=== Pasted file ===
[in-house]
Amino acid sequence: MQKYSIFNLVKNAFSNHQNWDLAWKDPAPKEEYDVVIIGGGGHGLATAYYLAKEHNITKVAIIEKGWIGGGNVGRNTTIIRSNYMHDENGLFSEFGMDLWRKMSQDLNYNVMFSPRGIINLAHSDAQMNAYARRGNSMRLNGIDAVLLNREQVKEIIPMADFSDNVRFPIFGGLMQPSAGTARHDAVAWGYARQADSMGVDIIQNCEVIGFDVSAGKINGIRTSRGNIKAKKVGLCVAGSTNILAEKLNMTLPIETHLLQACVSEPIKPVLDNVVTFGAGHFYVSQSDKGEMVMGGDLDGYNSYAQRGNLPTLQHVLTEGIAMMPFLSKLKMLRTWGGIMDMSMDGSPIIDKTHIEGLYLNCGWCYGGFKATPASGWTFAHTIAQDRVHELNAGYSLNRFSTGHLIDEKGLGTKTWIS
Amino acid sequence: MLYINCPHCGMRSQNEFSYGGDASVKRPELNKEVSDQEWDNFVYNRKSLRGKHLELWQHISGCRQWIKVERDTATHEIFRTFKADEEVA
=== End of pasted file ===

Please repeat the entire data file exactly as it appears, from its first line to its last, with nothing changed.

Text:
[in-house]
Amino acid sequence: MQKYSIFNLVKNAFSNHQNWDLAWKDPAPKEEYDVVIIGGGGHGLATAYYLAKEHNITKVAIIEKGWIGGGNVGRNTTIIRSNYMHDENGLFSEFGMDLWRKMSQDLNYNVMFSPRGIINLAHSDAQMNAYARRGNSMRLNGIDAVLLNREQVKEIIPMADFSDNVRFPIFGGLMQPSAGTARHDAVAWGYARQADSMGVDIIQNCEVIGFDVSAGKINGIRTSRGNIKAKKVGLCVAGSTNILAEKLNMTLPIETHLLQACVSEPIKPVLDNVVTFGAGHFYVSQSDKGEMVMGGDLDGYNSYAQRGNLPTLQHVLTEGIAMMPFLSKLKMLRTWGGIMDMSMDGSPIIDKTHIEGLYLNCGWCYGGFKATPASGWTFAHTIAQDRVHELNAGYSLNRFSTGHLIDEKGLGTKTWIS
Amino acid sequence: MLYINCPHCGMRSQNEFSYGGDASVKRPELNKEVSDQEWDNFVYNRKSLRGKHLELWQHISGCRQWIKVERDTATHEIFRTFKADEEVA